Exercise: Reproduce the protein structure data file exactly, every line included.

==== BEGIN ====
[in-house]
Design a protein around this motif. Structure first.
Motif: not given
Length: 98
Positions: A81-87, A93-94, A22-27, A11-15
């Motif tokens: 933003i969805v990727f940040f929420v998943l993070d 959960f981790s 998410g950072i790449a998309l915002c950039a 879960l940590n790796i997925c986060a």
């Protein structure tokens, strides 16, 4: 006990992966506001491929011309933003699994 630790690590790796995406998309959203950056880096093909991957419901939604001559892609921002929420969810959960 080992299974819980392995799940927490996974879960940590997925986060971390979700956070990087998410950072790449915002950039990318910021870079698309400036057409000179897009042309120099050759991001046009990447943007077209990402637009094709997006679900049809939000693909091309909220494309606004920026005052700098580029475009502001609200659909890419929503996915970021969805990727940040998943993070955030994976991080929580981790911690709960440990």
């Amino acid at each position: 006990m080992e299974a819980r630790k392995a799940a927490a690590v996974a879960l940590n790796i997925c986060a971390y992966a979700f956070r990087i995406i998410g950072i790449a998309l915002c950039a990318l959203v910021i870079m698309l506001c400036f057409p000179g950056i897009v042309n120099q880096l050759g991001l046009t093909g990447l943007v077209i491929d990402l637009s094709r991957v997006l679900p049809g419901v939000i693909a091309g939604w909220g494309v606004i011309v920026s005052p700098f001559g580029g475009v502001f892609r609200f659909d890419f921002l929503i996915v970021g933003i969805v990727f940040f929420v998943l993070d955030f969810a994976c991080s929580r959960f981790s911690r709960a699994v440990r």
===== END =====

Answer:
[in-house]
Design a protein around this motif. Structure first.
Motif: not given
Length: 98
Positions: A81-87, A93-94, A22-27, A11-15
């Motif tokens: 933003i969805v990727f940040f929420v998943l993070d 959960f981790s 998410g950072i790449a998309l915002c950039a 879960l940590n790796i997925c986060a």
């Protein structure tokens, strides 16, 4: 006990992966506001491929011309933003699994 630790690590790796995406998309959203950056880096093909991957419901939604001559892609921002929420969810959960 080992299974819980392995799940927490996974879960940590997925986060971390979700956070990087998410950072790449915002950039990318910021870079698309400036057409000179897009042309120099050759991001046009990447943007077209990402637009094709997006679900049809939000693909091309909220494309606004920026005052700098580029475009502001609200659909890419929503996915970021969805990727940040998943993070955030994976991080929580981790911690709960440990």
């Amino acid at each position: 006990m080992e299974a819980r630790k392995a799940a927490a690590v996974a879960l940590n790796i997925c986060a971390y992966a979700f956070r990087i995406i998410g950072i790449a998309l915002c950039a990318l959203v910021i870079m698309l506001c400036f057409p000179g950056i897009v042309n120099q880096l050759g991001l046009t093909g990447l943007v077209i491929d990402l637009s094709r991957v997006l679900p049809g419901v939000i693909a091309g939604w909220g494309v606004i011309v920026s005052p700098f001559g580029g475009v502001f892609r609200f659909d890419f921002l929503i996915v970021g933003i969805v990727f940040f929420v998943l993070d955030f969810a994976c991080s929580r959960f981790s911690r709960a699994v440990r």